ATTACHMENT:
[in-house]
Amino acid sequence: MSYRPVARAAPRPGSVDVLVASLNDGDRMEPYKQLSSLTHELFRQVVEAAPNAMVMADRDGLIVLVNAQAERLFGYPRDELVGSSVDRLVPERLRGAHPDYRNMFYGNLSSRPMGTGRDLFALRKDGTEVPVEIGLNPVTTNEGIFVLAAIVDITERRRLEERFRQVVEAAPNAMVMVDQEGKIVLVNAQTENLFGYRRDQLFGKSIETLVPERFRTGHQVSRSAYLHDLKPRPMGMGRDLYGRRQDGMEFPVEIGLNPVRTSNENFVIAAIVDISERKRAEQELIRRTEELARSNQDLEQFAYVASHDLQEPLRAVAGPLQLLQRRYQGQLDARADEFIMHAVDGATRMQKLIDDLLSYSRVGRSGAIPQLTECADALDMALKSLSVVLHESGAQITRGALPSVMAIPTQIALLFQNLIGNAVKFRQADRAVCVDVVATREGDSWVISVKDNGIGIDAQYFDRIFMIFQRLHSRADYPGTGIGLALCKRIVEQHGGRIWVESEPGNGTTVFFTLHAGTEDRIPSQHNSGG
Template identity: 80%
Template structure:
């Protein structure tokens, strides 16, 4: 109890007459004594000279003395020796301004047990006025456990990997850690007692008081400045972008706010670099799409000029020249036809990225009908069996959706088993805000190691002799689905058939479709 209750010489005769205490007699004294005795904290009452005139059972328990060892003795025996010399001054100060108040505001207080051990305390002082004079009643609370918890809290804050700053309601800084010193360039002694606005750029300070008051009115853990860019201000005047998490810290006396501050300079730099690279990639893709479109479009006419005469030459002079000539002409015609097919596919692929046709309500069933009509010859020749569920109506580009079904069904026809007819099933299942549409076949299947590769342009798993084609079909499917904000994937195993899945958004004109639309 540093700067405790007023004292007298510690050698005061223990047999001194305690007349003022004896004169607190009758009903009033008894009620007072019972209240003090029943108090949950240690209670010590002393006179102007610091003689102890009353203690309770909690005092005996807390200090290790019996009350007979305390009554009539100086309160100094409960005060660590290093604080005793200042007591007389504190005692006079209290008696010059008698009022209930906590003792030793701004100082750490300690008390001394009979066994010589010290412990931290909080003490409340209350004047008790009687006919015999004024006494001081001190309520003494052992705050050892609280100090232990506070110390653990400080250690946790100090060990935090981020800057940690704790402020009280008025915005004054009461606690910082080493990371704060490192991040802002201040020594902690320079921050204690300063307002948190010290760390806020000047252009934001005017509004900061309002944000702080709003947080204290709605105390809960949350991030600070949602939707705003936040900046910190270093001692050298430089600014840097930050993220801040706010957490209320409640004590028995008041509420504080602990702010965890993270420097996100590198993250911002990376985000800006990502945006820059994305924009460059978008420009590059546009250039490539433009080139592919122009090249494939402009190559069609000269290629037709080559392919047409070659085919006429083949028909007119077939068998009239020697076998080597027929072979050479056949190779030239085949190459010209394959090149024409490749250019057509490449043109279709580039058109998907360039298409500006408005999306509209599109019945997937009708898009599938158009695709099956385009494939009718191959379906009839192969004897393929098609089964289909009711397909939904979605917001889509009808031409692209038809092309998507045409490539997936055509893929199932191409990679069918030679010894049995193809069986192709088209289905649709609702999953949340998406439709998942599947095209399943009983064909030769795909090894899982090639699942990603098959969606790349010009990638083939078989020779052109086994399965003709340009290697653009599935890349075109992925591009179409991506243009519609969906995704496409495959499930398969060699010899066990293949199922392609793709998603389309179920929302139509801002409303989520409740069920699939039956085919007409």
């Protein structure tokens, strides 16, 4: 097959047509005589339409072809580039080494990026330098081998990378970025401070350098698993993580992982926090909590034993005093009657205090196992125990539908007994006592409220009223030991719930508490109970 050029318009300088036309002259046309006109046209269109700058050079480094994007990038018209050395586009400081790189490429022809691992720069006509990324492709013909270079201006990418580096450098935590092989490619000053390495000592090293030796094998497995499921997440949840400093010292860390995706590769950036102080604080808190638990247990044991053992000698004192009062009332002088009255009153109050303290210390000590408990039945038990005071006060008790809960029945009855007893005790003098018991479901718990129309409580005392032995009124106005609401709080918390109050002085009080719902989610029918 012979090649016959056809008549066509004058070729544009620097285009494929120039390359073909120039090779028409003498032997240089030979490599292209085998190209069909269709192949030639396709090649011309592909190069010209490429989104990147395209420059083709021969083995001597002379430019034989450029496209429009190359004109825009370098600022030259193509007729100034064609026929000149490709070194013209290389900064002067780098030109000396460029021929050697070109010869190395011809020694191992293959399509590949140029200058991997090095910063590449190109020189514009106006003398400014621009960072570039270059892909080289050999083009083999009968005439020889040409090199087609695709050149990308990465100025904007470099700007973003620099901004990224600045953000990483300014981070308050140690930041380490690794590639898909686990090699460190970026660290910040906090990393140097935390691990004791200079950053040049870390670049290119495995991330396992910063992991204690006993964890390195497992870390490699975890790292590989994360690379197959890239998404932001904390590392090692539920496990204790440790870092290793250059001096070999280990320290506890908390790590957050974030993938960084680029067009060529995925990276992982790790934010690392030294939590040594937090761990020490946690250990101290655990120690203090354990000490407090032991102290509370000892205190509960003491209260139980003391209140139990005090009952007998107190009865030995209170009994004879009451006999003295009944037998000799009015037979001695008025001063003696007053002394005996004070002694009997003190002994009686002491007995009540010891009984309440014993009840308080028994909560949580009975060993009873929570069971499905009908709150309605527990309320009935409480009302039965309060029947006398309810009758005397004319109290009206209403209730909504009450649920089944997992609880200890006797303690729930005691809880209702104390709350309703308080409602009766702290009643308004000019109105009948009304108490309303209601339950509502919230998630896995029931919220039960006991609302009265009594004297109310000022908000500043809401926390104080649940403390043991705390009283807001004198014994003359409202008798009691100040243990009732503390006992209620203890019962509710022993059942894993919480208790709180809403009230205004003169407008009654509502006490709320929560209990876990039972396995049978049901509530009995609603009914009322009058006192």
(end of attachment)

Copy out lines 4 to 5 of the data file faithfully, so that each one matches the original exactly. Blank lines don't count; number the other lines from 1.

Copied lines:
Template structure:
């Protein structure tokens, strides 16, 4: 109890007459004594000279003395020796301004047990006025456990990997850690007692008081400045972008706010670099799409000029020249036809990225009908069996959706088993805000190691002799689905058939479709 209750010489005769205490007699004294005795904290009452005139059972328990060892003795025996010399001054100060108040505001207080051990305390002082004079009643609370918890809290804050700053309601800084010193360039002694606005750029300070008051009115853990860019201000005047998490810290006396501050300079730099690279990639893709479109479009006419005469030459002079000539002409015609097919596919692929046709309500069933009509010859020749569920109506580009079904069904026809007819099933299942549409076949299947590769342009798993084609079909499917904000994937195993899945958004004109639309 540093700067405790007023004292007298510690050698005061223990047999001194305690007349003022004896004169607190009758009903009033008894009620007072019972209240003090029943108090949950240690209670010590002393006179102007610091003689102890009353203690309770909690005092005996807390200090290790019996009350007979305390009554009539100086309160100094409960005060660590290093604080005793200042007591007389504190005692006079209290008696010059008698009022209930906590003792030793701004100082750490300690008390001394009979066994010589010290412990931290909080003490409340209350004047008790009687006919015999004024006494001081001190309520003494052992705050050892609280100090232990506070110390653990400080250690946790100090060990935090981020800057940690704790402020009280008025915005004054009461606690910082080493990371704060490192991040802002201040020594902690320079921050204690300063307002948190010290760390806020000047252009934001005017509004900061309002944000702080709003947080204290709605105390809960949350991030600070949602939707705003936040900046910190270093001692050298430089600014840097930050993220801040706010957490209320409640004590028995008041509420504080602990702010965890993270420097996100590198993250911002990376985000800006990502945006820059994305924009460059978008420009590059546009250039490539433009080139592919122009090249494939402009190559069609000269290629037709080559392919047409070659085919006429083949028909007119077939068998009239020697076998080597027929072979050479056949190779030239085949190459010209394959090149024409490749250019057509490449043109279709580039058109998907360039298409500006408005999306509209599109019945997937009708898009599938158009695709099956385009494939009718191959379906009839192969004897393929098609089964289909009711397909939904979605917001889509009808031409692209038809092309998507045409490539997936055509893929199932191409990679069918030679010894049995193809069986192709088209289905649709609702999953949340998406439709998942599947095209399943009983064909030769795909090894899982090639699942990603098959969606790349010009990638083939078989020779052109086994399965003709340009290697653009599935890349075109992925591009179409991506243009519609969906995704496409495959499930398969060699010899066990293949199922392609793709998603389309179920929302139509801002409303989520409740069920699939039956085919007409």